Islamic Garden

Islamic Garden
Islamic Garden in Lausanne, Switzerland

Wednesday, February 25, 2009

You Alone do We Worship

Written by Fethullah G├╝len, Wednesday, 13 February 2008 21:00

You alone do we worship. (Fatiha 1:5)

In this phrase, the object pronoun "You alone" (iyyaka) is placed before the predicate. This implies a very subtle point: "O God, we wholeheartedly proclaim, acknowledge, and confess that it is only You, and none but You that we turn to, bow before, and seek comfort in. We believe that by Your side alone we can attain serenity and peace." Another point to note here is the tense; instead of abada, which is the past tense, in this verse God uses na'budu, the same root in the present. In the past, abada connotes "we did, we made, we performed, etc." Such a tone, however, would in a way be contrary to the nature of worship, for it sounds like an accomplishment, which implies pride, as if the worshipper fulfilled something all by himself or herself.

The present tense form of na'budu implies that the task is not yet finished, which renders such a misinterpretation impossible. Meaning "we worship," na'budu refers to the intention and determination to acknowledge the eternal impotence and poverty of humankind before His Presence. This can also be paraphrased as follows, "O Lord! I am determined that I will not sacrifice my freedom to anyone but You and I will not fall in humiliation before anyone or anything. I turn to You fully intent on servanthood and worship; my eyes are fixed upon You and no other. I am filled with a desire for submission and prayer. Resolute to distance myself from anything other than You, I wish to always stand opposed to all that You do not like or want. My intention is my greatest worship; I hope that You will accept my intention as my worship. I plead for Your favor, not in proportion to the number of things that I have done, but to those I have intended to do."

In this phrase, na'budu, "we worship," also emphasizes that the worshipper is not alone with such thoughts. Hoping that all others are thinking in the same vein, the worshipper proclaims, "In making this request, I am in full concord with all my fellow worshippers." Through such an indisputable alliance, the worshipper is empowered with confirmation and testimony, and thus he or she turns to the presence of the Almighty Lord Who meets all needs. In this manner, they can relieve themselves of evil involuntary thoughts, and they can enact a complete form of worship toward the Perfect Divinity.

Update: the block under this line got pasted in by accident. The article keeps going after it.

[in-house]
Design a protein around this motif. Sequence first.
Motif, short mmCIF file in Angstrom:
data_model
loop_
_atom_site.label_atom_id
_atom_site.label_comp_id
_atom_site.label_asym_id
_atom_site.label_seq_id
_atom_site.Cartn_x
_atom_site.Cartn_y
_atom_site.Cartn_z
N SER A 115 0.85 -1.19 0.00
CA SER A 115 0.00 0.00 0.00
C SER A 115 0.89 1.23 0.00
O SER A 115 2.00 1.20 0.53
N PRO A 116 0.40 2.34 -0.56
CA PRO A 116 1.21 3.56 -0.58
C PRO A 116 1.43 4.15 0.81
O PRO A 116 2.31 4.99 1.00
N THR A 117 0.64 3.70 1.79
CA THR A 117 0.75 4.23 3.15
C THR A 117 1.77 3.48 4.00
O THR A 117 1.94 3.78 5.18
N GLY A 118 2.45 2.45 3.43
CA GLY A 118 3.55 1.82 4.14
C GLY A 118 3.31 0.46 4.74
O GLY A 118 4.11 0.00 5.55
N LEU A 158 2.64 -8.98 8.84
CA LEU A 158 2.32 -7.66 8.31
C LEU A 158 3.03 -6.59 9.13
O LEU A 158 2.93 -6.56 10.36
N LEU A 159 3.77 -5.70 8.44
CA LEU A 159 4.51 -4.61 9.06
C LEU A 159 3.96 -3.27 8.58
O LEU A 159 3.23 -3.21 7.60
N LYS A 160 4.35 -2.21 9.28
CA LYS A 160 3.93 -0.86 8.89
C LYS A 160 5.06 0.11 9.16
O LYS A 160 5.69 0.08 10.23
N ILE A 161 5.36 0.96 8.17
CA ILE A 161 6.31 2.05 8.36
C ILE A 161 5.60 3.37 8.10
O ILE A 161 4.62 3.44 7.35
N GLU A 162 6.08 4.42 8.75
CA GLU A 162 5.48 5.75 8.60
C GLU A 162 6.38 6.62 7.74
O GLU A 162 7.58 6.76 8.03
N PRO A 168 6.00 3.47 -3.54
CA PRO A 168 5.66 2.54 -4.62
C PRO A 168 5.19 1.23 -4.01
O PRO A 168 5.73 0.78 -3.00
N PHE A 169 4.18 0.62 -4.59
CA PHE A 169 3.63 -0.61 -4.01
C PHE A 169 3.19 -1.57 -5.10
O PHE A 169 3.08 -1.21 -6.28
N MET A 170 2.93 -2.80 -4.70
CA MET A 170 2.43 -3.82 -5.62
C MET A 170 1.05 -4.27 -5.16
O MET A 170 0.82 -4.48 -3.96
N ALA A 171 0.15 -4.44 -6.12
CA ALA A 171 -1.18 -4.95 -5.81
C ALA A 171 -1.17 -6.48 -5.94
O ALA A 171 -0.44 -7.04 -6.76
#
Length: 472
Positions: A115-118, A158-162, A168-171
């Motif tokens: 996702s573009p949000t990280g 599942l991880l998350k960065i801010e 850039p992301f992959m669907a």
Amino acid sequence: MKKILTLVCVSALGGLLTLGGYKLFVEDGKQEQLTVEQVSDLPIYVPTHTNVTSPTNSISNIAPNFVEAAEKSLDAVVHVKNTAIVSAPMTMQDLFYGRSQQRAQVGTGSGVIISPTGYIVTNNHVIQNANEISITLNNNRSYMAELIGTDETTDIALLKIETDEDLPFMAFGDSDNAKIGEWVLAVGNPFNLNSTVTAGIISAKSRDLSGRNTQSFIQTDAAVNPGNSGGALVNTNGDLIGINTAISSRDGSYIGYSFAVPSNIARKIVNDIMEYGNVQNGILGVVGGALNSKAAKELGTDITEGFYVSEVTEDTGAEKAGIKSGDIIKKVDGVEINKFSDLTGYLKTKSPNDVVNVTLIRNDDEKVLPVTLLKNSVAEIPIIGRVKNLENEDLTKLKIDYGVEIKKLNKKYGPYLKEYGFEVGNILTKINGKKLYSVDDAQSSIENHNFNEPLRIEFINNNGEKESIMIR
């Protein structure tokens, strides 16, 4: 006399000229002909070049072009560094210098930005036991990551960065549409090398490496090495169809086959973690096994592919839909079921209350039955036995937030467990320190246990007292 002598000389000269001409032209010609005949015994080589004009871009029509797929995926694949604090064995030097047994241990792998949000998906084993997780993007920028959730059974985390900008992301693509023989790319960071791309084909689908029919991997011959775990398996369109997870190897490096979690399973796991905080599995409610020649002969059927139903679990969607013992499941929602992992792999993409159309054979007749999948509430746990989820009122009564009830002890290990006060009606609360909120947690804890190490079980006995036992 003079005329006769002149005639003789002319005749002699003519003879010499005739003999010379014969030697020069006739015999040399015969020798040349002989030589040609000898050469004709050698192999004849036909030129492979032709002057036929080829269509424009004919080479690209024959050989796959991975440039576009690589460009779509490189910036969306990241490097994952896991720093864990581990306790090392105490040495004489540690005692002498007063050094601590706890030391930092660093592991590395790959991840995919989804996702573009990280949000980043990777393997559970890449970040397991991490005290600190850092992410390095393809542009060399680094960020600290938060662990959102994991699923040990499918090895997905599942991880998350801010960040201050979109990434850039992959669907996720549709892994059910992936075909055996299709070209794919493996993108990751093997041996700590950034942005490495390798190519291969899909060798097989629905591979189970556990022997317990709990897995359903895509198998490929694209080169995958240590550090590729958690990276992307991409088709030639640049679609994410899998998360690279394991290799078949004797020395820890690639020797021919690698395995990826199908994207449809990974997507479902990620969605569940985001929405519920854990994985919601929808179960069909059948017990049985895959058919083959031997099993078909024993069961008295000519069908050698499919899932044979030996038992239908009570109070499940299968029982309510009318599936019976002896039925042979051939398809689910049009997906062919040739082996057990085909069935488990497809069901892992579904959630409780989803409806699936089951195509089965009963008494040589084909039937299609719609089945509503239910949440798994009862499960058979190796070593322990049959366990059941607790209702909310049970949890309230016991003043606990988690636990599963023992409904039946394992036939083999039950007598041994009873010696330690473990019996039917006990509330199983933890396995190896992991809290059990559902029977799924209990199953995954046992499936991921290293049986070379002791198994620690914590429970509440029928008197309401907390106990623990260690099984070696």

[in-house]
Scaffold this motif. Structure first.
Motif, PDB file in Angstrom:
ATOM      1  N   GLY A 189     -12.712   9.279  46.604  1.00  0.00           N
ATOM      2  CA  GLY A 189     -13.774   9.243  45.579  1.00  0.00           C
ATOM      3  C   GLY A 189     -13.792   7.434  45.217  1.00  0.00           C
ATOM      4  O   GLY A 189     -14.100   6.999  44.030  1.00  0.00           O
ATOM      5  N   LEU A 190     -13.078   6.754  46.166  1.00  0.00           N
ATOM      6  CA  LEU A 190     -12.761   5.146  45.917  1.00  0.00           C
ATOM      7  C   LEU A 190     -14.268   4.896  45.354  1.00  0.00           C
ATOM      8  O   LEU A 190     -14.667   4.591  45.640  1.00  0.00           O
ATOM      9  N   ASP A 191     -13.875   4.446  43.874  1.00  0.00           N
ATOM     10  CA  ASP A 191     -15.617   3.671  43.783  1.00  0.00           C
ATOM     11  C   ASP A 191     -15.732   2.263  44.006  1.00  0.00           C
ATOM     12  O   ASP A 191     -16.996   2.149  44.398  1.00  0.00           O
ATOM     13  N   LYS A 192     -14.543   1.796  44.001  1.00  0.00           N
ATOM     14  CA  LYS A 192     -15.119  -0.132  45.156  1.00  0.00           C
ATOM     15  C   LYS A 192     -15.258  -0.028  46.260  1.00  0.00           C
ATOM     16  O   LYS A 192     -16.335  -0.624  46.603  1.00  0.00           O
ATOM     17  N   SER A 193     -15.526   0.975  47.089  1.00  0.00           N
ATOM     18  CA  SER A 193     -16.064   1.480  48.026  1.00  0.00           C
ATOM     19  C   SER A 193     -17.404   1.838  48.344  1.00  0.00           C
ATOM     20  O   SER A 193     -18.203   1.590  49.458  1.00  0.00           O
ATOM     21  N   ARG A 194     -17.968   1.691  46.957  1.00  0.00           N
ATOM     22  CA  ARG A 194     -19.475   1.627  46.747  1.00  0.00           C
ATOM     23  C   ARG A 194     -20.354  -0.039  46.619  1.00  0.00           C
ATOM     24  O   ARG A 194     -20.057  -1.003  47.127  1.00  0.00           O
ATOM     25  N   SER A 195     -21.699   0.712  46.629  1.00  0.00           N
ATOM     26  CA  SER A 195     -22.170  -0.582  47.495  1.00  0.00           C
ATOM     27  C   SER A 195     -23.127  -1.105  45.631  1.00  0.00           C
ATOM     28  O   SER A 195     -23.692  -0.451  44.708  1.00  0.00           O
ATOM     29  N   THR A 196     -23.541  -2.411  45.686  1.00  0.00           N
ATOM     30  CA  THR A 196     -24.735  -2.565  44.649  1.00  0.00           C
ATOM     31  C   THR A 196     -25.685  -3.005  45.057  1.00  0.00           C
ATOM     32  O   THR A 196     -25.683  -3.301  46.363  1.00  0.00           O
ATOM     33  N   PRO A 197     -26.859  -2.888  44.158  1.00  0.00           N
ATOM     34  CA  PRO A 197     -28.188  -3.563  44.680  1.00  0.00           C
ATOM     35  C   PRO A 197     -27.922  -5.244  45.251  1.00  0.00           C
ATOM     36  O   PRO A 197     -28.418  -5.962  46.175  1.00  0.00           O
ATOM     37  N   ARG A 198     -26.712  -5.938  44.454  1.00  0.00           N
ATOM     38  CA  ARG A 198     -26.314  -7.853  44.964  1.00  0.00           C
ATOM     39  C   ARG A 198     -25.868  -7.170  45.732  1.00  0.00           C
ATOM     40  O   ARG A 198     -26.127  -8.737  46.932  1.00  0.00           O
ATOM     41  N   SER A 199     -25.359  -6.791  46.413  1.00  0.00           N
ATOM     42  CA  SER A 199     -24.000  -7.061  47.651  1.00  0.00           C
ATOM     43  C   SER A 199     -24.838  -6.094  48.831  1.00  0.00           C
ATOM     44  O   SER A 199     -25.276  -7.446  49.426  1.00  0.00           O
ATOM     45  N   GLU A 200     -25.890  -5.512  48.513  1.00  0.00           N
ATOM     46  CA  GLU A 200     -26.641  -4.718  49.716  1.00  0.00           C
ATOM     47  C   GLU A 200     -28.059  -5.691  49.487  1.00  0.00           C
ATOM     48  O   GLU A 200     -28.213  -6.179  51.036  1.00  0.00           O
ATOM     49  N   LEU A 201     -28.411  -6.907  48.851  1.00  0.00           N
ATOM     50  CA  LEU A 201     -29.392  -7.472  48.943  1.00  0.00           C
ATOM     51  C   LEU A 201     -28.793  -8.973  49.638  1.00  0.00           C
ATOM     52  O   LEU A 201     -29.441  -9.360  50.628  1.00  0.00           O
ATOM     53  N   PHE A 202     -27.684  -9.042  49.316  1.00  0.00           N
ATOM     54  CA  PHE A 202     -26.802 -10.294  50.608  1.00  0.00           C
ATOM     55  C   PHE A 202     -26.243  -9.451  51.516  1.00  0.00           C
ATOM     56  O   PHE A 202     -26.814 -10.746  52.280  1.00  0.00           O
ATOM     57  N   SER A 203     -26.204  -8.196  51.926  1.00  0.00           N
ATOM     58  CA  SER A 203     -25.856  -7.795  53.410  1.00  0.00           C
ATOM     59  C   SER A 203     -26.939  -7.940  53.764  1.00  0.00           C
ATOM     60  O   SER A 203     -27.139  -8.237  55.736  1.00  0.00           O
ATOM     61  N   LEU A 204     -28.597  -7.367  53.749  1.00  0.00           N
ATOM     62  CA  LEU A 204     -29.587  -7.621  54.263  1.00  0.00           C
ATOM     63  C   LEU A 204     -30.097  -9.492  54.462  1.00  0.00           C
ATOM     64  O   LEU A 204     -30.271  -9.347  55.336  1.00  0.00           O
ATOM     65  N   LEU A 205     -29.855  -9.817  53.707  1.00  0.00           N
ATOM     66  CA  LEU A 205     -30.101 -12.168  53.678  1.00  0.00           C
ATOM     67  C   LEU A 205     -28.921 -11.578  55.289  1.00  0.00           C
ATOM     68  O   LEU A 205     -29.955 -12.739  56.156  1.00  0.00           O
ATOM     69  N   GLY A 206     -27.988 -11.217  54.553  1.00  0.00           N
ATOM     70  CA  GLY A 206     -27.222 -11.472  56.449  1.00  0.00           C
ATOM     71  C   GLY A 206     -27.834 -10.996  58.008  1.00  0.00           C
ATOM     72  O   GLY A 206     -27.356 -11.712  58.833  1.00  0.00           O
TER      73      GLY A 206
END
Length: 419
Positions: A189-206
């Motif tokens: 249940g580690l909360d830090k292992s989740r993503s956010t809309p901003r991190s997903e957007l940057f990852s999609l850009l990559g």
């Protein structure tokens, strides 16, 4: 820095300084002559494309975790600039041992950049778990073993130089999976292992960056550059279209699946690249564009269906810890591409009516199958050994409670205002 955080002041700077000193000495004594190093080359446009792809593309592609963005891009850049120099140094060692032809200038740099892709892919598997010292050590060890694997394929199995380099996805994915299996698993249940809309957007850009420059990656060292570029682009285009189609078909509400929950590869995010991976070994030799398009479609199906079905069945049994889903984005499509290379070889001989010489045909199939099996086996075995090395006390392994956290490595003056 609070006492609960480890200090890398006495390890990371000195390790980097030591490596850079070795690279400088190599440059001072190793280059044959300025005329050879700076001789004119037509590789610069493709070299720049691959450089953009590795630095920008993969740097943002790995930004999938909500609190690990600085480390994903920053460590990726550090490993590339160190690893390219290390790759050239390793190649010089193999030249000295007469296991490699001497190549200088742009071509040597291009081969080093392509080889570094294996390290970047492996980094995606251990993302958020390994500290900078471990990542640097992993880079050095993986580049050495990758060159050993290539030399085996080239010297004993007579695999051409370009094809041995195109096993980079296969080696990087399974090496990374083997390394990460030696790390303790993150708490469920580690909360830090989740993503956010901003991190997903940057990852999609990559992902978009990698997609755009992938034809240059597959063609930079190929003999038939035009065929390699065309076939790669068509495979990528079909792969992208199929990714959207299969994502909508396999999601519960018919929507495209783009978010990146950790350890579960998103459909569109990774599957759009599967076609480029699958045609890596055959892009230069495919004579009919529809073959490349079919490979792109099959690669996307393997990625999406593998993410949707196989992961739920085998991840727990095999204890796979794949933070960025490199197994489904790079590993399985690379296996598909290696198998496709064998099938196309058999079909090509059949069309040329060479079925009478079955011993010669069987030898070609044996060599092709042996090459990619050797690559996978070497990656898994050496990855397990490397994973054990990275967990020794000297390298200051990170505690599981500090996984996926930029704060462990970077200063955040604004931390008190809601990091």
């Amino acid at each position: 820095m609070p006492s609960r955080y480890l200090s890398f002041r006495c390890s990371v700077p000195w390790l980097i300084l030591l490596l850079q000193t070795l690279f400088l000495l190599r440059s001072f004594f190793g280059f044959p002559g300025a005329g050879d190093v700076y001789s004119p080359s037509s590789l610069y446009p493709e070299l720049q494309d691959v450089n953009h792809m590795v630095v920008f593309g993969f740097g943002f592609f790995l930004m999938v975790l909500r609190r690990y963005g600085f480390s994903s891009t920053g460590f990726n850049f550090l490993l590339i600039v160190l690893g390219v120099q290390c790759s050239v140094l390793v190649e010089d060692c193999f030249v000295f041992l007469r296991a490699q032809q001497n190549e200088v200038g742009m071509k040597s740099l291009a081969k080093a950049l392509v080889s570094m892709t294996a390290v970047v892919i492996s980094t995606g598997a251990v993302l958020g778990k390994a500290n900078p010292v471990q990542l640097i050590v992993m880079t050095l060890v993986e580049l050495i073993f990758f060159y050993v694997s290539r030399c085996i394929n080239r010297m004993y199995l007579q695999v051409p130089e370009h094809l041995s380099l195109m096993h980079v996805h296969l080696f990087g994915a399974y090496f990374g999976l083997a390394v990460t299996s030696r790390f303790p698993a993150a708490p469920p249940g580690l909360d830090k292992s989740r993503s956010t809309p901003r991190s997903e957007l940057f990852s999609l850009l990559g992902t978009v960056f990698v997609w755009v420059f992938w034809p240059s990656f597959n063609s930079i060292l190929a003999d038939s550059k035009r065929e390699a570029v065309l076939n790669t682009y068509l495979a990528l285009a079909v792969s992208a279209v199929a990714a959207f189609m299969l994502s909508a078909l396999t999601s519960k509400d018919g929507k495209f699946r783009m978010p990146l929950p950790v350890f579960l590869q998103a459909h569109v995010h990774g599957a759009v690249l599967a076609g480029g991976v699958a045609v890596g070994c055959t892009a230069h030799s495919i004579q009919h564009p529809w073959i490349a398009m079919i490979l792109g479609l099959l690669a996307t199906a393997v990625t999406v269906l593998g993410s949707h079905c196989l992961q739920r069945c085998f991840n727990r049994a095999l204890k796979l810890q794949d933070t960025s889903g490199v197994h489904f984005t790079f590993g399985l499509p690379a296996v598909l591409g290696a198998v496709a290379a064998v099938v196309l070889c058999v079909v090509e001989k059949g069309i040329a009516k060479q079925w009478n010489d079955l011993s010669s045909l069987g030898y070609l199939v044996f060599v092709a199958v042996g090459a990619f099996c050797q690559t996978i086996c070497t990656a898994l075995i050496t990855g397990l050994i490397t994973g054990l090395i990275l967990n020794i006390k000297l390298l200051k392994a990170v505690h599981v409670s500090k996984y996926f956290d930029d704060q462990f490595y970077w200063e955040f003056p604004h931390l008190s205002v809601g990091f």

~Excerpted from
Fethullah Gulen is a controversial Sufi teacher from Turkey. Founder of the Gulen Movement, he has authored 60 books and is a leader in the world of interfaith and ecumenical engagement.

Sunday, February 22, 2009

Abu Hatim Razi on "Those Upon Whom Thou Hast Bestowed Favors"

Abu Hatim Ahmad ibn Hamdan Razi (d. 934) was a renowned Dai and physician who wrote a major treatise on the nature of a prophet's knowledge of the world in A'lam al-nubuwwah, translated by Everett K. Rowson as "Science of Prophecy." From what he writes it would appear that Razi had a particular appreciation for the favor of knowledge and wisdom that were revealed to the prophets:

"But as for the true ancient sages who composed these valid works on astronomy, medicine, geometry, and other natural sciences, they were the sages among the people of their eras, the leaders of their ages, and God's proofs to His creatures in their times, whom God supported with revelation coming from Him and whom He taught this wisdom. Thus each of them contributed a particular kind of wisdom. One contributed the science of medicine, while other contributed other mathematical and natural sciences. They presented them to the people, who took them from them, since God wanted to make His creatures aware of the wisdom in these principles, to manifest the ranks of these prophets in their times, and to display God's proofs to His creatures by means of their tongues. So, for example, it has been handed down that the principles of astronomy come from the prophet Idris. Some people have interpreted God's words in the story of Idris that 'We raised him to a high place' as meaning that God raised him up to the mountain which is at the navel of the world, and sent him an angel to teach him the things connected with the celestial sphere, its terms and zodiacal signs, the planets and the periods of their orbits, and other aspects of the science of astronomy.